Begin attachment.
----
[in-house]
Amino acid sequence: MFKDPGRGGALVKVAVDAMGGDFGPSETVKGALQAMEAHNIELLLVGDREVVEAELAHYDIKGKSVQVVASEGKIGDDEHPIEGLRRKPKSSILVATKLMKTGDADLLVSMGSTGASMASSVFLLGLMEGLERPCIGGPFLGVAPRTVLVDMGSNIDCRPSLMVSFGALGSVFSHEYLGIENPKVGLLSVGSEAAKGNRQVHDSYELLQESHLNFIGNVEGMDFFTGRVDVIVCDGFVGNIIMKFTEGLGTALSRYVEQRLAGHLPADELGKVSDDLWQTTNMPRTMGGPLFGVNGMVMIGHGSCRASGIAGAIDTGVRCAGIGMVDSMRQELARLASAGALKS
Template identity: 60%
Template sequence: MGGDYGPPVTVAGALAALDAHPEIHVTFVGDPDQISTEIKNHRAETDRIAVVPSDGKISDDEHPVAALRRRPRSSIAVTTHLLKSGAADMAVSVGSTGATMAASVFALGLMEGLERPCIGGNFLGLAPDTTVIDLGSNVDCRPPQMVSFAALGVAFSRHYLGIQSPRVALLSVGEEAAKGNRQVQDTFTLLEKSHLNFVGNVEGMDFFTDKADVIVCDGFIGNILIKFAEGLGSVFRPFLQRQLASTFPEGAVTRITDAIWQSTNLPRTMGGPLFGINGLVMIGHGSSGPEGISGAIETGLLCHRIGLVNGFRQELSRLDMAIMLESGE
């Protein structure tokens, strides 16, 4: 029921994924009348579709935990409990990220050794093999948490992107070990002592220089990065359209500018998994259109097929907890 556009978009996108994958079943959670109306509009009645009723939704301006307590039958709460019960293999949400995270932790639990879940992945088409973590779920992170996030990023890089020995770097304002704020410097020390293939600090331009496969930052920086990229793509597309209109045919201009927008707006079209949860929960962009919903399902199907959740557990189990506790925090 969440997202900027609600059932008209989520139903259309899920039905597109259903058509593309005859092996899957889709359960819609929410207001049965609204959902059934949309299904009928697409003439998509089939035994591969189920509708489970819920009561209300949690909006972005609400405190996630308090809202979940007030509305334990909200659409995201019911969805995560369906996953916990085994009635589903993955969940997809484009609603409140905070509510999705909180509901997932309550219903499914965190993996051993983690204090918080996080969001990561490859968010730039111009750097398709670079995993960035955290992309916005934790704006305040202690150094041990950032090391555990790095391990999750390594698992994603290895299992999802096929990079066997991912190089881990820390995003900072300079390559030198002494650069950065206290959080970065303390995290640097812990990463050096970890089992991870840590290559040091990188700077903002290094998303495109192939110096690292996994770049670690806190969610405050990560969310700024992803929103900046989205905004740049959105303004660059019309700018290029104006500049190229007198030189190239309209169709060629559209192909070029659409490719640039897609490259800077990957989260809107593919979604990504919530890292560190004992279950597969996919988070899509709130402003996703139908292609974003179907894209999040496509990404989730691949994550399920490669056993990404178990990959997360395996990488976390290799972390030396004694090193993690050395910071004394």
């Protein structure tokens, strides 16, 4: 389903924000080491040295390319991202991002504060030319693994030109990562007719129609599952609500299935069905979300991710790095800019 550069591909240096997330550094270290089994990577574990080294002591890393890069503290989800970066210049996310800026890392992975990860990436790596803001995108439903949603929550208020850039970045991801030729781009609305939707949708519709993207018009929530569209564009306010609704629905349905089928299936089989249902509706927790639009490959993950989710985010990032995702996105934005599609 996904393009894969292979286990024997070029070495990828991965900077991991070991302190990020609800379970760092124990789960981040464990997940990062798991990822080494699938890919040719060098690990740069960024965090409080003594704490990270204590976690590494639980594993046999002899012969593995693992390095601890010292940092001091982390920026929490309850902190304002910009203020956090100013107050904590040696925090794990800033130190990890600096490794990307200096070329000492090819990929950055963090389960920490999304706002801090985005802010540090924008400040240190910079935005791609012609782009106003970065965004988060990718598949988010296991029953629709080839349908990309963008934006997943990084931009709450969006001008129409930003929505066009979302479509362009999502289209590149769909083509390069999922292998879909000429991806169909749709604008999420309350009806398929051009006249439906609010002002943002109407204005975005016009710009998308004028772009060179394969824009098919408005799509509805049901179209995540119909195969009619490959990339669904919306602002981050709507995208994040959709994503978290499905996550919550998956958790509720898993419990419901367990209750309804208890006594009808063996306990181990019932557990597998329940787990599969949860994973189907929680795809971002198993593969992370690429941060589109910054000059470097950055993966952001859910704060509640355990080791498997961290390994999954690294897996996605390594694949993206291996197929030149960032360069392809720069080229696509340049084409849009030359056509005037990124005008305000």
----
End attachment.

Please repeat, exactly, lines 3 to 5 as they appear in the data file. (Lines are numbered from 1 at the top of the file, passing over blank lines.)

Template identity: 60%
Template sequence: MGGDYGPPVTVAGALAALDAHPEIHVTFVGDPDQISTEIKNHRAETDRIAVVPSDGKISDDEHPVAALRRRPRSSIAVTTHLLKSGAADMAVSVGSTGATMAASVFALGLMEGLERPCIGGNFLGLAPDTTVIDLGSNVDCRPPQMVSFAALGVAFSRHYLGIQSPRVALLSVGEEAAKGNRQVQDTFTLLEKSHLNFVGNVEGMDFFTDKADVIVCDGFIGNILIKFAEGLGSVFRPFLQRQLASTFPEGAVTRITDAIWQSTNLPRTMGGPLFGINGLVMIGHGSSGPEGISGAIETGLLCHRIGLVNGFRQELSRLDMAIMLESGE
């Protein structure tokens, strides 16, 4: 029921994924009348579709935990409990990220050794093999948490992107070990002592220089990065359209500018998994259109097929907890 556009978009996108994958079943959670109306509009009645009723939704301006307590039958709460019960293999949400995270932790639990879940992945088409973590779920992170996030990023890089020995770097304002704020410097020390293939600090331009496969930052920086990229793509597309209109045919201009927008707006079209949860929960962009919903399902199907959740557990189990506790925090 969440997202900027609600059932008209989520139903259309899920039905597109259903058509593309005859092996899957889709359960819609929410207001049965609204959902059934949309299904009928697409003439998509089939035994591969189920509708489970819920009561209300949690909006972005609400405190996630308090809202979940007030509305334990909200659409995201019911969805995560369906996953916990085994009635589903993955969940997809484009609603409140905070509510999705909180509901997932309550219903499914965190993996051993983690204090918080996080969001990561490859968010730039111009750097398709670079995993960035955290992309916005934790704006305040202690150094041990950032090391555990790095391990999750390594698992994603290895299992999802096929990079066997991912190089881990820390995003900072300079390559030198002494650069950065206290959080970065303390995290640097812990990463050096970890089992991870840590290559040091990188700077903002290094998303495109192939110096690292996994770049670690806190969610405050990560969310700024992803929103900046989205905004740049959105303004660059019309700018290029104006500049190229007198030189190239309209169709060629559209192909070029659409490719640039897609490259800077990957989260809107593919979604990504919530890292560190004992279950597969996919988070899509709130402003996703139908292609974003179907894209999040496509990404989730691949994550399920490669056993990404178990990959997360395996990488976390290799972390030396004694090193993690050395910071004394």